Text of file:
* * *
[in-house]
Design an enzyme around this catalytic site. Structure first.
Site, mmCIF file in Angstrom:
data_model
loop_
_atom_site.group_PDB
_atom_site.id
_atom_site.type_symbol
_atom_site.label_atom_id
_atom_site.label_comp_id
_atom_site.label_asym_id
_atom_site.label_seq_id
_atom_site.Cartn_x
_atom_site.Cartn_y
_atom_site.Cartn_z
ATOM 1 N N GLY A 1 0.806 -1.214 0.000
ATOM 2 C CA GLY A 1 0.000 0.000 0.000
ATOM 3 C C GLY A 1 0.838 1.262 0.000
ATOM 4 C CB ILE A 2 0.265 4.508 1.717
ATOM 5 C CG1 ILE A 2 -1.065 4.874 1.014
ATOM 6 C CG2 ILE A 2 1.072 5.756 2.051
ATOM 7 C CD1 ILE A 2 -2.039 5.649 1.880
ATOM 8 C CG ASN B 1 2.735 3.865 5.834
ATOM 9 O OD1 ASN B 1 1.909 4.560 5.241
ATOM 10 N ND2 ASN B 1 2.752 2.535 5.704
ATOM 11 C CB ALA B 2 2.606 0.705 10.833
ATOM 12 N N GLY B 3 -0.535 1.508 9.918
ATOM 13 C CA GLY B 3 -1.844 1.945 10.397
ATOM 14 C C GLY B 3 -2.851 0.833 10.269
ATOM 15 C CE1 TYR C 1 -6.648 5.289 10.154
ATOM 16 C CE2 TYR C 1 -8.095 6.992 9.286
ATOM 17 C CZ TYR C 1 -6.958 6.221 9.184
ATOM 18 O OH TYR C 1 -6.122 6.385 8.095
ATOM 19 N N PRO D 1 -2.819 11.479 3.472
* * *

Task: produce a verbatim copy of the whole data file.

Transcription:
[in-house]
Design an enzyme around this catalytic site. Structure first.
Site, mmCIF file in Angstrom:
data_model
loop_
_atom_site.group_PDB
_atom_site.id
_atom_site.type_symbol
_atom_site.label_atom_id
_atom_site.label_comp_id
_atom_site.label_asym_id
_atom_site.label_seq_id
_atom_site.Cartn_x
_atom_site.Cartn_y
_atom_site.Cartn_z
ATOM 1 N N GLY A 1 0.806 -1.214 0.000
ATOM 2 C CA GLY A 1 0.000 0.000 0.000
ATOM 3 C C GLY A 1 0.838 1.262 0.000
ATOM 4 C CB ILE A 2 0.265 4.508 1.717
ATOM 5 C CG1 ILE A 2 -1.065 4.874 1.014
ATOM 6 C CG2 ILE A 2 1.072 5.756 2.051
ATOM 7 C CD1 ILE A 2 -2.039 5.649 1.880
ATOM 8 C CG ASN B 1 2.735 3.865 5.834
ATOM 9 O OD1 ASN B 1 1.909 4.560 5.241
ATOM 10 N ND2 ASN B 1 2.752 2.535 5.704
ATOM 11 C CB ALA B 2 2.606 0.705 10.833
ATOM 12 N N GLY B 3 -0.535 1.508 9.918
ATOM 13 C CA GLY B 3 -1.844 1.945 10.397
ATOM 14 C C GLY B 3 -2.851 0.833 10.269
ATOM 15 C CE1 TYR C 1 -6.648 5.289 10.154
ATOM 16 C CE2 TYR C 1 -8.095 6.992 9.286
ATOM 17 C CZ TYR C 1 -6.958 6.221 9.184
ATOM 18 O OH TYR C 1 -6.122 6.385 8.095
ATOM 19 N N PRO D 1 -2.819 11.479 3.472